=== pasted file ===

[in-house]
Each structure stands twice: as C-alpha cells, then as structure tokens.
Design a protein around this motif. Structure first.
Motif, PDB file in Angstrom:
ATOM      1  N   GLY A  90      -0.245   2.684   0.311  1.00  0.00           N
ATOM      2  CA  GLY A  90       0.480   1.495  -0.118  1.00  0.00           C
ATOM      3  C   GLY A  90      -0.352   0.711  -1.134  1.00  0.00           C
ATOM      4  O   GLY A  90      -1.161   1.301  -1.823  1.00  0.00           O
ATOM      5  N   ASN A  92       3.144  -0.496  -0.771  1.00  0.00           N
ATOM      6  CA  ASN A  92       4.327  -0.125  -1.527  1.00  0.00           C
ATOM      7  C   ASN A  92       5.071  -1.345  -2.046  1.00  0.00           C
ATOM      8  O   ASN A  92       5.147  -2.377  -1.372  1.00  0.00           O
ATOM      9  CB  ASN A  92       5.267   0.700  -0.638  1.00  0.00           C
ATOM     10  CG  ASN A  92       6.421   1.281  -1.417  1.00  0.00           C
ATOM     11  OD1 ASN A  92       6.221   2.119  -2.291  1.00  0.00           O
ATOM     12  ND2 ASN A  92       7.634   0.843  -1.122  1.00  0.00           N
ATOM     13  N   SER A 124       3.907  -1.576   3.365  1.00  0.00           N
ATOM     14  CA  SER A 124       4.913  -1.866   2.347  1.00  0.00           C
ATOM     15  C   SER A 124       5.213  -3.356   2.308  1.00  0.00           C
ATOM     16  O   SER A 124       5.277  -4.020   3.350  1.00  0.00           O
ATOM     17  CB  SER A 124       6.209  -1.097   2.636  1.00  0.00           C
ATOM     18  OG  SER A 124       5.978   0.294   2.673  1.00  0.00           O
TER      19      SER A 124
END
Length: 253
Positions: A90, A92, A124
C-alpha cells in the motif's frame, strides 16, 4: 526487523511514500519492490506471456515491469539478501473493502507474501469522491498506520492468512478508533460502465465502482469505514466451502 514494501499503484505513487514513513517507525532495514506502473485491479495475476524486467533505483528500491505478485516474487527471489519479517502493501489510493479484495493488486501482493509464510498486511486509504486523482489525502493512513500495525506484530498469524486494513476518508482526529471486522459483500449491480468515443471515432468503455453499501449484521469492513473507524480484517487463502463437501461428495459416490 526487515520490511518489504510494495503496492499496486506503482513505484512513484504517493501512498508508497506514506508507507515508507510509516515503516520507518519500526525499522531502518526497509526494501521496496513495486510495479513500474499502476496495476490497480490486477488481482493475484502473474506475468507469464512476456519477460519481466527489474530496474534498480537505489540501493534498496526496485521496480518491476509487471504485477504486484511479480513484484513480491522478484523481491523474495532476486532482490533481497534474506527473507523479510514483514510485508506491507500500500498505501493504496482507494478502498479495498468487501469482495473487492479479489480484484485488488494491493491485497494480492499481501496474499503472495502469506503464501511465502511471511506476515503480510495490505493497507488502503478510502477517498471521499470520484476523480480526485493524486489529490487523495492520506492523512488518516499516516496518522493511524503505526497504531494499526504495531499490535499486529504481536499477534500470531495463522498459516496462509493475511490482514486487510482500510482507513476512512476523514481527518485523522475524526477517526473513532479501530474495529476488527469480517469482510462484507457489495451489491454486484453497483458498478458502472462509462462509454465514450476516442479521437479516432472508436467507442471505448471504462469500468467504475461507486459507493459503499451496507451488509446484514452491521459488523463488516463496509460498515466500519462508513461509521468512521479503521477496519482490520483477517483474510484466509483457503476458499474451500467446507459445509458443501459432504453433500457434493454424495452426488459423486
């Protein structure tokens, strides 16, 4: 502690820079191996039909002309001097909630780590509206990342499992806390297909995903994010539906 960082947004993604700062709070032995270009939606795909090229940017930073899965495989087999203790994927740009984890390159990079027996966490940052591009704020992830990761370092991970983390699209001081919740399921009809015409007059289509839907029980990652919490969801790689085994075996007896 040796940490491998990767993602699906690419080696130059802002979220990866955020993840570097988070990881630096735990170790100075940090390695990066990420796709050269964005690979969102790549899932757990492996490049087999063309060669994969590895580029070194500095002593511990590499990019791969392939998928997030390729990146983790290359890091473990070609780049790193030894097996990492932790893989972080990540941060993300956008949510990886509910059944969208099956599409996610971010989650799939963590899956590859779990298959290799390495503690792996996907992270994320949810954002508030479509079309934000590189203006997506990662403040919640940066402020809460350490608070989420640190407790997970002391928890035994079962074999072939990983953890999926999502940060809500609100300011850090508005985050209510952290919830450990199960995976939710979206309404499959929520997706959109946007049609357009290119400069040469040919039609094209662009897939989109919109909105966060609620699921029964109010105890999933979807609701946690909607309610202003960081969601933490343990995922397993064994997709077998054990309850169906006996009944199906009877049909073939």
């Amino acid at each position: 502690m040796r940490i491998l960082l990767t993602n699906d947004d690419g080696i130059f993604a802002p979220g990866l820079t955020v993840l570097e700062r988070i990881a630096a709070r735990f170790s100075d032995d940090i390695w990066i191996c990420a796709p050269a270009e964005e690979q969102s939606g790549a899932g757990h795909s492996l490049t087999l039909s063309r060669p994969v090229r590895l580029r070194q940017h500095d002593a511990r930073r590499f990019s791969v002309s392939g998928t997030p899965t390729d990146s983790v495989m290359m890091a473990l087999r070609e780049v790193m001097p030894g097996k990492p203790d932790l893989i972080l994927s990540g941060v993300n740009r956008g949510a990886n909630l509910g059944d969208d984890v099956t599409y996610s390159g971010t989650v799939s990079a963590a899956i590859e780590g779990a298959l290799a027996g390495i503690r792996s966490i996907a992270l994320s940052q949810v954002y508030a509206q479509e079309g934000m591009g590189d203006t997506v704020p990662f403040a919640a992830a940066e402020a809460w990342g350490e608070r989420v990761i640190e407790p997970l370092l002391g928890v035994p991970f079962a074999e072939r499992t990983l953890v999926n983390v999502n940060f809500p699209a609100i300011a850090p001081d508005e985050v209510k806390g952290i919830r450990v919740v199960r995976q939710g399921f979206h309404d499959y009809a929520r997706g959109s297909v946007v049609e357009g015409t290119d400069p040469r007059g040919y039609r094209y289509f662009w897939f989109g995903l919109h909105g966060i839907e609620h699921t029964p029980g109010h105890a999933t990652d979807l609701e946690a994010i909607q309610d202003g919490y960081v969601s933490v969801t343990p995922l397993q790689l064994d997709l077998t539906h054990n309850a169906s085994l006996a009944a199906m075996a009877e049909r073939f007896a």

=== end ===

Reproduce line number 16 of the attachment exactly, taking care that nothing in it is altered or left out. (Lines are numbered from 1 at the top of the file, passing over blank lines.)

ATOM     12  ND2 ASN A  92       7.634   0.843  -1.122  1.00  0.00           N